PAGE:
On a recent visit, a demonstration in why you get only two Tripels occurred, as we tried to help Knight Emeritus Chris find his car, which he thought was down the street. After half an hour, we discovered that it was, in fact, parked right in front of Brugge.
The rules are there for a reason, people! On with the reviews...
On our first visit to review the Tripel, my notes consisted solely of "I love Brugge". I am sad to report that my notes the second time around weren't much better, but that's the beauty of Brugge. There's just something about drinking a pint (or more) there with friends. It's always a good time. As far as the Tripel goes...there is just a hint of citrus-like sweetness with a dry finish.
I think that it's a remarkable thing when a beer can pack a heavy punch alcohol-wise, but still be drinkable enough for almost any palate. 4.39 mugs
While testing out a wide variety of Belgian and French style ales at our last meeting at World Class Beverages, our host and generous leader, Bob Mack, brought up that the brewers of Orval - a Belgian Pale - suggest aging the beer in the bottle for six months before serving.
While this isn't the case with all Belgian beers, there does seem to be some thought that aging does the beers a service.
More from Bob:
Jef Versele (now head of Van Steenberge and grandson of Josef van Steenberge) has talked to us a lot about high fermentation beers and aging. He finds that Piraat, for example, is best between six months and eighteen months of age. He and I actually visited Kahn's Fine Wines when he was here in town a couple of years ago and he looked at the date codes on the Piraat bottles checking for the best month of vintage. Knowing that I am a Piraat fan, he was picking them out for me and giving me some Piraat education for my own enjoyment.What's all that got to do with Brugge's Tripel de Ripple?
Of course, Piraat is bottle conditioned and I expect that the beers are generally devised by recipe to peak after several months since much of Van Steenberge's market is in export to North America and other continents.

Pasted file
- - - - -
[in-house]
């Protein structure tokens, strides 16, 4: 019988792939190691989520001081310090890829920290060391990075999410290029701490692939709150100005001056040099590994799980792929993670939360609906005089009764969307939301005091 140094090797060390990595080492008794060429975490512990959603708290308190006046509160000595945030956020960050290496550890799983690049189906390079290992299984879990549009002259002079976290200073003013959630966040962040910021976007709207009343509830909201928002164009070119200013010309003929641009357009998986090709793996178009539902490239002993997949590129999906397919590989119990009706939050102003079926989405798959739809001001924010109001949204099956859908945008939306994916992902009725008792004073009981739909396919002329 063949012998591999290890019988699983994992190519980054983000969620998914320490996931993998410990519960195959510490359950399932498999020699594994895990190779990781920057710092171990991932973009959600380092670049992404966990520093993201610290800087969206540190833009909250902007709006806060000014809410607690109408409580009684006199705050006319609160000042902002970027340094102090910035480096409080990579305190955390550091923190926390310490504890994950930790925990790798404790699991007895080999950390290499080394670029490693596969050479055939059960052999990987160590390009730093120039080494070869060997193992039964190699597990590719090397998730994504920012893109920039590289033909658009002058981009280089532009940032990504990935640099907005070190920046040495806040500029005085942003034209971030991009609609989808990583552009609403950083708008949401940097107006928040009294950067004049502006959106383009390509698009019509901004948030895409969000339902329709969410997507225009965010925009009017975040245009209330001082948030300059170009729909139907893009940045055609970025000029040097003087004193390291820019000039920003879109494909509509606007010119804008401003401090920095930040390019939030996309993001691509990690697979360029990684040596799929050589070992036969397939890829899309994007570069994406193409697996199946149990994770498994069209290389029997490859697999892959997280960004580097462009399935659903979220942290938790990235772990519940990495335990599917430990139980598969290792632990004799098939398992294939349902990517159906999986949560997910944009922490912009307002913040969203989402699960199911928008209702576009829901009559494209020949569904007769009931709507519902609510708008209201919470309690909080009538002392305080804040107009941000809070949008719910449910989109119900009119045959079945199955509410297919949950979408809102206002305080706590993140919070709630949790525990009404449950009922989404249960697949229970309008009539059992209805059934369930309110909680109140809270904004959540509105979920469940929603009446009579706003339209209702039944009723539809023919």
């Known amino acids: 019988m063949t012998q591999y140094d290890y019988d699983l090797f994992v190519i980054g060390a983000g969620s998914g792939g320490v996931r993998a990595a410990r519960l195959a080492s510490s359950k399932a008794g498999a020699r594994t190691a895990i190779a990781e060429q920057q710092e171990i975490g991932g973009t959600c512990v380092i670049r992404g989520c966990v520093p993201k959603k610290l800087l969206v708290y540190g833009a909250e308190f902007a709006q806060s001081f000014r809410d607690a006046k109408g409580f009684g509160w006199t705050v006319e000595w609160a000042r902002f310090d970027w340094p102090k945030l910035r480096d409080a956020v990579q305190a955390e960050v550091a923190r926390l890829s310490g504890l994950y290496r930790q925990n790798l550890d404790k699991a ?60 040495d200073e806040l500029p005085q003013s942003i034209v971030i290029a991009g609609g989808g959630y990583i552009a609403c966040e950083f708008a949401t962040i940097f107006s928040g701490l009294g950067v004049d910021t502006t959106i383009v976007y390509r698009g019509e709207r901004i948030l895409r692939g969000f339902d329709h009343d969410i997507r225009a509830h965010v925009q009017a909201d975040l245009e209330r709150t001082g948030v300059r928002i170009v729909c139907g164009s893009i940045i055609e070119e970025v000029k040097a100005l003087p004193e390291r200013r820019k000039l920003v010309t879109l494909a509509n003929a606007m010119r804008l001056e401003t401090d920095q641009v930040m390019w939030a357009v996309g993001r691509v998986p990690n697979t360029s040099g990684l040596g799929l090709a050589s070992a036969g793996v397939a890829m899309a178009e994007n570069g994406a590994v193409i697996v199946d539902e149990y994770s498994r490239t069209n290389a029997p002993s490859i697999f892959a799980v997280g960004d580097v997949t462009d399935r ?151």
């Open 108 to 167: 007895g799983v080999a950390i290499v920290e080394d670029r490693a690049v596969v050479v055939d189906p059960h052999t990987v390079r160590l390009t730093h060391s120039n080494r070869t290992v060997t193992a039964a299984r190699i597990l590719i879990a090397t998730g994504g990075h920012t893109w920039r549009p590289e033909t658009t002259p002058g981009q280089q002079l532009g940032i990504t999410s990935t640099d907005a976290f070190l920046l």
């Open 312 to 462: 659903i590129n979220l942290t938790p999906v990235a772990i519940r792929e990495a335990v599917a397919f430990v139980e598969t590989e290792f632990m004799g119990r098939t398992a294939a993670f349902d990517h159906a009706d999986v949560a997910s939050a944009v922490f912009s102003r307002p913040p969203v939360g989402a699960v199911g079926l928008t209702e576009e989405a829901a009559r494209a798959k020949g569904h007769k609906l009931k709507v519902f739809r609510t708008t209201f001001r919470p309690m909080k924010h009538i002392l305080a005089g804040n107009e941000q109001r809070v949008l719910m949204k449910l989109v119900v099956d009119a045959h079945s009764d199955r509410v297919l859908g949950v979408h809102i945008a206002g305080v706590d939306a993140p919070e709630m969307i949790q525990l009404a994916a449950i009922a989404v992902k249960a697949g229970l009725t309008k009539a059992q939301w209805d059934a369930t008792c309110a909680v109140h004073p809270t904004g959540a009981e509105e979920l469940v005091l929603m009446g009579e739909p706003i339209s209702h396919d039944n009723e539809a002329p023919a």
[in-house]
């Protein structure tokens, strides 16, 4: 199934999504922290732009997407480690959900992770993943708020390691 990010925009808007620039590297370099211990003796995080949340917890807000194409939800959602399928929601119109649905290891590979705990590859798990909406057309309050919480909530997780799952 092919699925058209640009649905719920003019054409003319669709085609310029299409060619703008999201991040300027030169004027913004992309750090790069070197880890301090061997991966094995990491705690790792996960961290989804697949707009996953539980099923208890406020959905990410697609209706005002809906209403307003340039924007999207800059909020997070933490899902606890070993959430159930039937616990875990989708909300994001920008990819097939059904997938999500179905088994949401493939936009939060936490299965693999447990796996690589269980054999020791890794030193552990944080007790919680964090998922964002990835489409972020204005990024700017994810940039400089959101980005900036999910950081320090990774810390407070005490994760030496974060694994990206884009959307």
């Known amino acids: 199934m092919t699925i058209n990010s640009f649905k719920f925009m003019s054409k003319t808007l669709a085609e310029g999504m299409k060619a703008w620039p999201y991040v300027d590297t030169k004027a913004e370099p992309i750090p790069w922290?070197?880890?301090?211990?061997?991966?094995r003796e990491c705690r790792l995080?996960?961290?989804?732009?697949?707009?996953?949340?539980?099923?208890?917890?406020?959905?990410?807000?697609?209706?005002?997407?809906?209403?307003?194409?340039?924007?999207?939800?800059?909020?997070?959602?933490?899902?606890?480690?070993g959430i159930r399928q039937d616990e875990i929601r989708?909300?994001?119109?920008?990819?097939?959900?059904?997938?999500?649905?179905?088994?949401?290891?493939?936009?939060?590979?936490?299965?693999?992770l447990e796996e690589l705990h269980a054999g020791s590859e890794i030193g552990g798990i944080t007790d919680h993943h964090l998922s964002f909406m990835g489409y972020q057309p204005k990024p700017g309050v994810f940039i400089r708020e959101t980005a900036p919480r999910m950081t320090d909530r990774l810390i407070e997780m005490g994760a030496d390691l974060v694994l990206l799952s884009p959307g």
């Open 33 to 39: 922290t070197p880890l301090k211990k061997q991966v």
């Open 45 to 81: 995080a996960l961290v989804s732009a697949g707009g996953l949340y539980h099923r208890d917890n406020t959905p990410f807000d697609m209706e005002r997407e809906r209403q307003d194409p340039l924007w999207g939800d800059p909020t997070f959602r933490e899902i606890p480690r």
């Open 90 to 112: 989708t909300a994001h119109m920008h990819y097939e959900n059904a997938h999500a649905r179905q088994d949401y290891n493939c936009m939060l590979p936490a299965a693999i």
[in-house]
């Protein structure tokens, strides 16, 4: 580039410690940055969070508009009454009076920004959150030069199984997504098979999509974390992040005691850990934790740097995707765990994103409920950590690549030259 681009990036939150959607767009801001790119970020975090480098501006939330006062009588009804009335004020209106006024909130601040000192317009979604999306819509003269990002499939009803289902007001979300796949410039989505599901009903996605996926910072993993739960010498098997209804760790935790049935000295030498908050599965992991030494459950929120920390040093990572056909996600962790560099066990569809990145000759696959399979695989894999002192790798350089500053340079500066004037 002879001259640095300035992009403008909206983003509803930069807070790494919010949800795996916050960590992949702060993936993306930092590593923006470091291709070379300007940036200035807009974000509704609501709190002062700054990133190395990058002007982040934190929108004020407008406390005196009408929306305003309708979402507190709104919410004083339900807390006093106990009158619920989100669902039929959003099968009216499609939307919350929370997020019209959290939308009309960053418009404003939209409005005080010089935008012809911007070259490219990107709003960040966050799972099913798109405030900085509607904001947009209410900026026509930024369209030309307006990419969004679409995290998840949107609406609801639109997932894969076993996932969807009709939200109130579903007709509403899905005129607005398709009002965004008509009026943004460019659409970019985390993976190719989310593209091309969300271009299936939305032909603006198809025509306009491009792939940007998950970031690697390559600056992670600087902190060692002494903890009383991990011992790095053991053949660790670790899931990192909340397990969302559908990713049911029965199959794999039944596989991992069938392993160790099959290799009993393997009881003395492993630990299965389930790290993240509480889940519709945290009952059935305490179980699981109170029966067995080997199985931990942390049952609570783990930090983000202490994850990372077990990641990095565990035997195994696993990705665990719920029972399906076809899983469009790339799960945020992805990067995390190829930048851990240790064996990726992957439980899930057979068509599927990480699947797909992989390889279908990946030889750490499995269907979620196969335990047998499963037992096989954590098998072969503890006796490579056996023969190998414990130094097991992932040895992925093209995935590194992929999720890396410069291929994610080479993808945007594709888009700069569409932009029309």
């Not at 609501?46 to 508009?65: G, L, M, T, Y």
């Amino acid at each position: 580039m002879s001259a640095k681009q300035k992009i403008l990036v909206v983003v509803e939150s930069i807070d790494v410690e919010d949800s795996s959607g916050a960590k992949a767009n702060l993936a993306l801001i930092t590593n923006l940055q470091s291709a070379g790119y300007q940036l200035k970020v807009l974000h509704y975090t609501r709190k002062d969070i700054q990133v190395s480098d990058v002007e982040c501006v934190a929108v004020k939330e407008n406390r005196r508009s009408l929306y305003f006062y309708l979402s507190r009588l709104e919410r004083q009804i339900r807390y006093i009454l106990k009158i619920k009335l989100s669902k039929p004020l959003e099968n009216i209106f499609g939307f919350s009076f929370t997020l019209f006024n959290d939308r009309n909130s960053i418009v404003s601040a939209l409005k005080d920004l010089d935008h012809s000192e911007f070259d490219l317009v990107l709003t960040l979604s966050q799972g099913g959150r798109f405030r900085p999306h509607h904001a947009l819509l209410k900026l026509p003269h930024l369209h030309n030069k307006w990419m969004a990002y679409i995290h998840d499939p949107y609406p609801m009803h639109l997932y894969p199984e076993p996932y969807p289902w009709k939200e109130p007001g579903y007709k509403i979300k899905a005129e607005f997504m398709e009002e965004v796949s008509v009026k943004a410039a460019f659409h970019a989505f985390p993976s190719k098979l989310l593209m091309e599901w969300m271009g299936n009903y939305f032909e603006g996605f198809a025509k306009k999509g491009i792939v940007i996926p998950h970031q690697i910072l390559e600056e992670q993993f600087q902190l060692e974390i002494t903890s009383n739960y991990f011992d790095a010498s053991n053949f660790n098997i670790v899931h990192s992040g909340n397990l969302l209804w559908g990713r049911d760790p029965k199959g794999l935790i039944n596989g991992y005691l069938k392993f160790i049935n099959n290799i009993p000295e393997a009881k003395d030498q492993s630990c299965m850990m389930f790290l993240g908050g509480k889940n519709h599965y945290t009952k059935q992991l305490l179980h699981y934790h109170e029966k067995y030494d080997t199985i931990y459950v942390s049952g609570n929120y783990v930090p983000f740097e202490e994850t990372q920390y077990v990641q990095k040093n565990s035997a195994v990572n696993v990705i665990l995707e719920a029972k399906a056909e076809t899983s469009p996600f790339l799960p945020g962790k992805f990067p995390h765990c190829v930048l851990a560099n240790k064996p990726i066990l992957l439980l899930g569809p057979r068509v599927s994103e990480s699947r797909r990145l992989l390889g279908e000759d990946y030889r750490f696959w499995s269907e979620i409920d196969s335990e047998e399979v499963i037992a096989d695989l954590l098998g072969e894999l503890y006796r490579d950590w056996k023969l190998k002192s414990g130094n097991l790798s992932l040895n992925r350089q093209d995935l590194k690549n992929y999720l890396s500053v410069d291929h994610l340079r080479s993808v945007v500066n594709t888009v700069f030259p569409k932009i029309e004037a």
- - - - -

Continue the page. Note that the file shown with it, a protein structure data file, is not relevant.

Well, I've had the beer at least four times - once during the Indiana Craft Beer and Food Symposium (where you'll see that everyone immediately thought "banana"), once a few months later at Badaboomz (now J. Gumbos), then twice in the past two weeks. What's the difference? The first two times, I got a full-on banana explosion, and would have easily rated the beer at around 4.5 mugs.
But now that now that we're officially rating the beer, I wouldn't go that high. Why? Because the banana has gone away.
Is this an aging thing? Ted has admitted that the Tripel on now is a bit "green". This time around I got a nose of bubblegum, vanilla, apple, a hint of that smokey "beer poured on an open grill" thing... but I really had to go digging to pull banana out. The same elements were there in the taste - apple and a hint of vanilla, but also a lot of grape, butter, biscuit maybe?
But I really liked the banana.
In any case, I'd have to give the beer as we had it this time around 3.5 mugs.
But in being fair I think it's best to average my earlier 4.5 - a score I was pretty sure of then - with my current 3.5. I have a feeling this beer only gets better. 4.00 Mugs
Finally...something out of Terre Haute that smells good.
Served in Brugge's trademark goblet. Pours with a cloudy yellow-orange color and a nice white head that dissipates into a fine ring at the edge of the glass. Nose evokes bananas, apples, and a bit of mustiness. Flavor is a wonderful combination of apples, bananas, and spices with a touch of caramel and sourness. Mouthfeel is silky. As the goblet warms, the caramel character of the taste becomes a little more prevalent.
Someone (I think it was Mike) once asked if Ted has ever brewed a bad beer. My answer: Hell no! 4.20 mugs.
I leave for my beach vacation in 16 days.
What the hell does that have to do with Tripel de Ripple?
Because a common theme between my notes when drinking this elixir during my past two visits to Brugge Brasserie includes "I smell clams or shellfish" and "I taste salt; something briny". I'm not saying it stinks of fish, but when I drink this, I am taken to the ripples of the ocean. And I mean it in the most complimentary way possible.
It's probably in my head. Or maybe it is the aroma of Brugge's mussels that bring this out. I don't know. But I enjoy it. It is the beach in a glass for those who can't make it to the shoreline this summer.
Other notes of mine: cloudy, orangish-gold in color; clean, slightly sweet smell, an itty bit of banana (unlike the aged bottle we drank a few months back that was full of bananas), apples, slightly sour; alcoholly bite; dry mouth feel; and flavors and aromas gain strength as it approaches room temperature. 4.30 mugs